The second is that openness to change is a necessary aspect of economic progress.  Technical progress disrupts the established order but increases our productivity and standards of living.  Global trade not only significantly increases our material standard of living but confronts us with other people and cultures as well.  Both–technical progress and global trade often impose changes on us (such as the job skills demanded in the market) that we might otherwise not choose or want.  If people can choose to live where their opportunities are greatest and if firms are able to employ people with the skills that best fit the firms needs, economies will be more efficient and will raise the standard of living for everyone.  By allowing the disruption of innovation and trade we will have the opportunity to, or be forced to, confront and deal with strangers more often.

This can have a negative side for those who do not easily embrace adventure—those who prefer the familiar (hot dogs and hamburgers). If new neighbors come from different backgrounds and cultures, adventure lovers can enjoy the excitement of learning more about other places and people.  But those uncomfortable with strangers can be – well – uncomfortable.  Economic advances can also have negative impacts on those whose skills are no longer needed and we would be wise to develop and support government measures to soften and facilitate the needed adjustments.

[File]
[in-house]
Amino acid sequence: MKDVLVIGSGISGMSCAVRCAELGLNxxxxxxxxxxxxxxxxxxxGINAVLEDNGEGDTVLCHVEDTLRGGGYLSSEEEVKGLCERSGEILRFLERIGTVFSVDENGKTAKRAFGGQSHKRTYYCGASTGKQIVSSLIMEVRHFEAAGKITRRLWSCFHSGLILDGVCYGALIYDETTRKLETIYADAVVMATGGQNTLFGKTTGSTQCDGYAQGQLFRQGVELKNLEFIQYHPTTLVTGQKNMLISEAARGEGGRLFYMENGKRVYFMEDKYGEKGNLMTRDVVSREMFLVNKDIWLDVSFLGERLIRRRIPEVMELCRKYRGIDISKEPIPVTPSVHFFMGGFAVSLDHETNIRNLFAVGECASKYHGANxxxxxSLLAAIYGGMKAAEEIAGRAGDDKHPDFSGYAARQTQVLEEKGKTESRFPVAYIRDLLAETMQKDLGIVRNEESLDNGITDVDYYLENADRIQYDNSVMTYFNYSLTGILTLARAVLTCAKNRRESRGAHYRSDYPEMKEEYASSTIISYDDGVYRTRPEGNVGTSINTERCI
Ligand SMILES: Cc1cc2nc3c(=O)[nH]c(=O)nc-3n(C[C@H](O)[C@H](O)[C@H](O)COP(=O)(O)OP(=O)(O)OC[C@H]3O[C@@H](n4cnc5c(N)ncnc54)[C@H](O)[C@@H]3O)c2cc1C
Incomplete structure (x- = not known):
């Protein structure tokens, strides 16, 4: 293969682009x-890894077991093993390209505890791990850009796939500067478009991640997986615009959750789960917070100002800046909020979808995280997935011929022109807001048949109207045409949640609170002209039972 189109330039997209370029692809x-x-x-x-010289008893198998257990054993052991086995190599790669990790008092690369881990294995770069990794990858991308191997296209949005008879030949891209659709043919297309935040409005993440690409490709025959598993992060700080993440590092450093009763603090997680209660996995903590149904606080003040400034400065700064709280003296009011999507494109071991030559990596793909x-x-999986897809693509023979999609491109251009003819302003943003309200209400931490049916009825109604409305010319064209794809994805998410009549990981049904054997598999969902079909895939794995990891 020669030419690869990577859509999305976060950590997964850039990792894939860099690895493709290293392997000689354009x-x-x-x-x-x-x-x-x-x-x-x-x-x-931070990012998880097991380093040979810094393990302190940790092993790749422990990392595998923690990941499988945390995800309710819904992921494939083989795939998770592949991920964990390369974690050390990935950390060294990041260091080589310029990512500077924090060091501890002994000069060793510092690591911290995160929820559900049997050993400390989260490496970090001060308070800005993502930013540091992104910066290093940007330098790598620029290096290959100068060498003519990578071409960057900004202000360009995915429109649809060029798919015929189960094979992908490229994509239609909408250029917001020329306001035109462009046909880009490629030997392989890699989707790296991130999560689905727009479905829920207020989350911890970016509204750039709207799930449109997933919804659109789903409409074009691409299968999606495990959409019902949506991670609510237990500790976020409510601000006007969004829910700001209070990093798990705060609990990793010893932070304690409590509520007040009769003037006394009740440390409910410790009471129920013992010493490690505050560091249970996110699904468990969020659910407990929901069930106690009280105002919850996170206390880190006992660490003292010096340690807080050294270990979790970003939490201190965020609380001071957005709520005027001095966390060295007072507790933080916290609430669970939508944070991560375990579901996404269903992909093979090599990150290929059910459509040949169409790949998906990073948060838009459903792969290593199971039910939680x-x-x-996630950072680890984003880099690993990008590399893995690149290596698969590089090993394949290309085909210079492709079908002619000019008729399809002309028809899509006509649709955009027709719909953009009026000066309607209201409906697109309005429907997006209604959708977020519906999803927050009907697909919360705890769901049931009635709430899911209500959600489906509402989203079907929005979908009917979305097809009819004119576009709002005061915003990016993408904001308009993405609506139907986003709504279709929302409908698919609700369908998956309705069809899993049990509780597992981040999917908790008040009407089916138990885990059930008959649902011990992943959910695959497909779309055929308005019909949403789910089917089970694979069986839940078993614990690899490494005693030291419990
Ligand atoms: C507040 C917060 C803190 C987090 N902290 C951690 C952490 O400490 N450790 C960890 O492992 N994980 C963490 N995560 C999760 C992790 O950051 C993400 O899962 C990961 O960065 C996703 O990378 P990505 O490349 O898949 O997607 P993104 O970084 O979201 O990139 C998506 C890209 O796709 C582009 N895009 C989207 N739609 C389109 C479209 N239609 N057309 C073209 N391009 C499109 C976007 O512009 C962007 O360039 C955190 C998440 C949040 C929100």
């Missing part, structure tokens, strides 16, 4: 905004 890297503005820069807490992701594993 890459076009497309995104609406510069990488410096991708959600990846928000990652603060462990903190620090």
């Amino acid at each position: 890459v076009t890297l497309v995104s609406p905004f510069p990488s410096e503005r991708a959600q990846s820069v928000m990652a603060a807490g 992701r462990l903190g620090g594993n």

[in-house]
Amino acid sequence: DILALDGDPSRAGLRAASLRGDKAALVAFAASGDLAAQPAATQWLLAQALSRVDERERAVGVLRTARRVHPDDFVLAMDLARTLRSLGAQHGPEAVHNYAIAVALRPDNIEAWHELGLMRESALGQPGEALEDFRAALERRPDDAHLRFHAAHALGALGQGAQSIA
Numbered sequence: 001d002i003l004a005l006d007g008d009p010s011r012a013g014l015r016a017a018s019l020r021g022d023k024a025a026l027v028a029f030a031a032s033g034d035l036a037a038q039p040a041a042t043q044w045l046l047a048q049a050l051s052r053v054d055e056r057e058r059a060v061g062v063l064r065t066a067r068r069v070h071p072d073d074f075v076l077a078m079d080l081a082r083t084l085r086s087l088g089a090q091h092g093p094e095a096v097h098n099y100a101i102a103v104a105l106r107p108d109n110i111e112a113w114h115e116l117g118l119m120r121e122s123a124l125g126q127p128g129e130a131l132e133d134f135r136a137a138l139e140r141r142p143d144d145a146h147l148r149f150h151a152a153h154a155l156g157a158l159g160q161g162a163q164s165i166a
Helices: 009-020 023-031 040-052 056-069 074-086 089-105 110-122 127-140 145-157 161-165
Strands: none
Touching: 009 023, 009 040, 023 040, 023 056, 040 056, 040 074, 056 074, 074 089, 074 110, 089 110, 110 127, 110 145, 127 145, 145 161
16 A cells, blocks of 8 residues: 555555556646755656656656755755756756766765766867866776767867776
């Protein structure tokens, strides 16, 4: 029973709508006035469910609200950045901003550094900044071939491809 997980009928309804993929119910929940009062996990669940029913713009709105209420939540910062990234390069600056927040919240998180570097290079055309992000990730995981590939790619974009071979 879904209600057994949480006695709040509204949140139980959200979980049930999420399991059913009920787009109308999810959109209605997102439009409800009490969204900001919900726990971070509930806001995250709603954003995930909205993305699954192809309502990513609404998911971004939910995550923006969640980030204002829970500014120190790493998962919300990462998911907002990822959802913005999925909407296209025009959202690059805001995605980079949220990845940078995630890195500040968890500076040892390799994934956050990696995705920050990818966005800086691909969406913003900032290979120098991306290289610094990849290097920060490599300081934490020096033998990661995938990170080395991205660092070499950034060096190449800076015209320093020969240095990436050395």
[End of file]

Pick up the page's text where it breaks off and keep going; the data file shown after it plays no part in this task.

A predisposition to seek and embrace adventures or to shun them is given to us by nature. However, civilization and its advance builds on nurturing more social skills and openness. Failure to teach/convince our fellow citizens of the rewards of adventure (or merely accepting and adjusting to change) can lead to disastrous results.  In extreme cases unease can turn to fear/hate as in the recent white nationalist terrorist attack in El Paso by Patrick Crusius.  As-his-environment-changed-suspect-in-el-paso-shooting-learned-to-hate.  The nature of public debate on race relations, religious freedom, globalization, etc., and the words of role models can have a profound impact on how those confronting change formulate their views on these subjects.

The world is a better, richer place when all of its people respect one another and live peaceably together. We and our education systems (school, churches, clubs, jobs) should do our best to encourage those reluctant to welcome strangers of the positive experiences it can open to them.  By learning to understand different ways of thinking and doing, we not only enrich our lives but can strengthen our own ways of doing things (our own cultures). Such interactions can show us what we like and value about our own ways and what we might adjust in light of the interesting practices of others. This is what the American melting pot is all about. It has produced a vibrant, dynamic and economically flourishing country. However, it is more friendly to the adventuresome types than to those resistant to change. We would do ourselves and our country a favor to kindly encourage those “left behind” to open up more to the wonders of our changing world.  With regard to a difference subject of misinformation Anne Applebaum explores multiple approaches to this task: Italians-decided-to-fight-a-conspiracy-theory-heres-what-happened-next?